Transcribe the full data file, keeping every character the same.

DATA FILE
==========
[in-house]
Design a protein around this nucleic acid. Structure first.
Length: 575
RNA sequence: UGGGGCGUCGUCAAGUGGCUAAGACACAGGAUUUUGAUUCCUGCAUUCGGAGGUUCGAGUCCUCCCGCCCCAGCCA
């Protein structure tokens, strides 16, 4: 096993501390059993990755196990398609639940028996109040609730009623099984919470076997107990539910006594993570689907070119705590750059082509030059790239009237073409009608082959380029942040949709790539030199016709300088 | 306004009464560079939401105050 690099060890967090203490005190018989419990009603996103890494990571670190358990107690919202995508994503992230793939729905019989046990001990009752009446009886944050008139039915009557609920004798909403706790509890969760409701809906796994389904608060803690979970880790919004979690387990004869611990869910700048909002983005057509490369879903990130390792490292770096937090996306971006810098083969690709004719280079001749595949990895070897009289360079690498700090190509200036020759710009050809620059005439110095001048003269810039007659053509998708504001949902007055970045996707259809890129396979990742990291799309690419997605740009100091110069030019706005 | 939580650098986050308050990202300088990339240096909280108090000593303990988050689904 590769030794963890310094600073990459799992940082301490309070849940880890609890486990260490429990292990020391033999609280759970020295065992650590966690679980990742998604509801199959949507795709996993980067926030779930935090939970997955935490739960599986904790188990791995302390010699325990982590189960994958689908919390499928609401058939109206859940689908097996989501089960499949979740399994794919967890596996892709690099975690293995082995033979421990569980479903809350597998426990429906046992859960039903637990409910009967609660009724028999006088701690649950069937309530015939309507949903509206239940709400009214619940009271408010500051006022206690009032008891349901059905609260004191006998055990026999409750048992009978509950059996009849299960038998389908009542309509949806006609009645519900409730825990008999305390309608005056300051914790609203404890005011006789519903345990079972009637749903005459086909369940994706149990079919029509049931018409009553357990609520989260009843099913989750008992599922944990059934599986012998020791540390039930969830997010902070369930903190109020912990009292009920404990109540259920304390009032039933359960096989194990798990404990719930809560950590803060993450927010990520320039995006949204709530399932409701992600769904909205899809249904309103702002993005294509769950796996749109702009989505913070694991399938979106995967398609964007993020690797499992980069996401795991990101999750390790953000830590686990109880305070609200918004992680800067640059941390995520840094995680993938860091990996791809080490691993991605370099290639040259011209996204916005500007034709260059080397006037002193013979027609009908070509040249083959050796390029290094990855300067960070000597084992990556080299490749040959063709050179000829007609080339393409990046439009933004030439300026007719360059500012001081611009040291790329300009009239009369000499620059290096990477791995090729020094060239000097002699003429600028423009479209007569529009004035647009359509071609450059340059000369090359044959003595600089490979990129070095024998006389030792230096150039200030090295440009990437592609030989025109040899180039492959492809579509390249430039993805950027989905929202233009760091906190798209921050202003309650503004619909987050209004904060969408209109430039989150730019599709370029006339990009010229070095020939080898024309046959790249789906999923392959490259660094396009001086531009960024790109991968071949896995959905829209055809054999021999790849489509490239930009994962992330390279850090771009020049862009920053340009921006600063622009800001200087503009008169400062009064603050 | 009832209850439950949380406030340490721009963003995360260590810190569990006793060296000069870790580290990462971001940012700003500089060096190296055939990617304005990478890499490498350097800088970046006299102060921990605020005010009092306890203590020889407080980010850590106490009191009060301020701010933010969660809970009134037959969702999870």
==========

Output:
[in-house]
Design a protein around this nucleic acid. Structure first.
Length: 575
RNA sequence: UGGGGCGUCGUCAAGUGGCUAAGACACAGGAUUUUGAUUCCUGCAUUCGGAGGUUCGAGUCCUCCCGCCCCAGCCA
């Protein structure tokens, strides 16, 4: 096993501390059993990755196990398609639940028996109040609730009623099984919470076997107990539910006594993570689907070119705590750059082509030059790239009237073409009608082959380029942040949709790539030199016709300088 | 306004009464560079939401105050 690099060890967090203490005190018989419990009603996103890494990571670190358990107690919202995508994503992230793939729905019989046990001990009752009446009886944050008139039915009557609920004798909403706790509890969760409701809906796994389904608060803690979970880790919004979690387990004869611990869910700048909002983005057509490369879903990130390792490292770096937090996306971006810098083969690709004719280079001749595949990895070897009289360079690498700090190509200036020759710009050809620059005439110095001048003269810039007659053509998708504001949902007055970045996707259809890129396979990742990291799309690419997605740009100091110069030019706005 | 939580650098986050308050990202300088990339240096909280108090000593303990988050689904 590769030794963890310094600073990459799992940082301490309070849940880890609890486990260490429990292990020391033999609280759970020295065992650590966690679980990742998604509801199959949507795709996993980067926030779930935090939970997955935490739960599986904790188990791995302390010699325990982590189960994958689908919390499928609401058939109206859940689908097996989501089960499949979740399994794919967890596996892709690099975690293995082995033979421990569980479903809350597998426990429906046992859960039903637990409910009967609660009724028999006088701690649950069937309530015939309507949903509206239940709400009214619940009271408010500051006022206690009032008891349901059905609260004191006998055990026999409750048992009978509950059996009849299960038998389908009542309509949806006609009645519900409730825990008999305390309608005056300051914790609203404890005011006789519903345990079972009637749903005459086909369940994706149990079919029509049931018409009553357990609520989260009843099913989750008992599922944990059934599986012998020791540390039930969830997010902070369930903190109020912990009292009920404990109540259920304390009032039933359960096989194990798990404990719930809560950590803060993450927010990520320039995006949204709530399932409701992600769904909205899809249904309103702002993005294509769950796996749109702009989505913070694991399938979106995967398609964007993020690797499992980069996401795991990101999750390790953000830590686990109880305070609200918004992680800067640059941390995520840094995680993938860091990996791809080490691993991605370099290639040259011209996204916005500007034709260059080397006037002193013979027609009908070509040249083959050796390029290094990855300067960070000597084992990556080299490749040959063709050179000829007609080339393409990046439009933004030439300026007719360059500012001081611009040291790329300009009239009369000499620059290096990477791995090729020094060239000097002699003429600028423009479209007569529009004035647009359509071609450059340059000369090359044959003595600089490979990129070095024998006389030792230096150039200030090295440009990437592609030989025109040899180039492959492809579509390249430039993805950027989905929202233009760091906190798209921050202003309650503004619909987050209004904060969408209109430039989150730019599709370029006339990009010229070095020939080898024309046959790249789906999923392959490259660094396009001086531009960024790109991968071949896995959905829209055809054999021999790849489509490239930009994962992330390279850090771009020049862009920053340009921006600063622009800001200087503009008169400062009064603050 | 009832209850439950949380406030340490721009963003995360260590810190569990006793060296000069870790580290990462971001940012700003500089060096190296055939990617304005990478890499490498350097800088970046006299102060921990605020005010009092306890203590020889407080980010850590106490009191009060301020701010933010969660809970009134037959969702999870």